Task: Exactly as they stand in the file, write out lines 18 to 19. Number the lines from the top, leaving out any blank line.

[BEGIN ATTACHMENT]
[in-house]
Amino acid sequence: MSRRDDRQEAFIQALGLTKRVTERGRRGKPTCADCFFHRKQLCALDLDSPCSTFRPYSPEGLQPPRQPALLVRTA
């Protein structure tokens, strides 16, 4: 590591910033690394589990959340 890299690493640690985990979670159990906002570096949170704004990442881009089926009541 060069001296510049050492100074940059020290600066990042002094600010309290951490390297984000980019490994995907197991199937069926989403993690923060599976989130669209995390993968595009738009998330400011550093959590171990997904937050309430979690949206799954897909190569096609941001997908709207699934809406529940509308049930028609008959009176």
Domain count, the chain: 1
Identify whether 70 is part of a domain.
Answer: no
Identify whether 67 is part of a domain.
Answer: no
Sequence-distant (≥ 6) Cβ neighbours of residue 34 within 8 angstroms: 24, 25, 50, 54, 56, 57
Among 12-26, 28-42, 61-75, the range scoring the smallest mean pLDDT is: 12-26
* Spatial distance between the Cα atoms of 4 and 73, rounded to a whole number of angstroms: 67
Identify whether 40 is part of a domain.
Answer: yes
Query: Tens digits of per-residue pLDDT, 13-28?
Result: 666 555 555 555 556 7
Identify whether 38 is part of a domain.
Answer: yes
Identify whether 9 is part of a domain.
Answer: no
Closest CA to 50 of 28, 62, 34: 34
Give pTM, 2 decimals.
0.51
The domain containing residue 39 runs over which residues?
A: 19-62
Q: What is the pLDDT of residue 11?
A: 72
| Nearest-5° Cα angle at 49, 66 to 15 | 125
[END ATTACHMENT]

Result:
Identify whether 9 is part of a domain.
Answer: no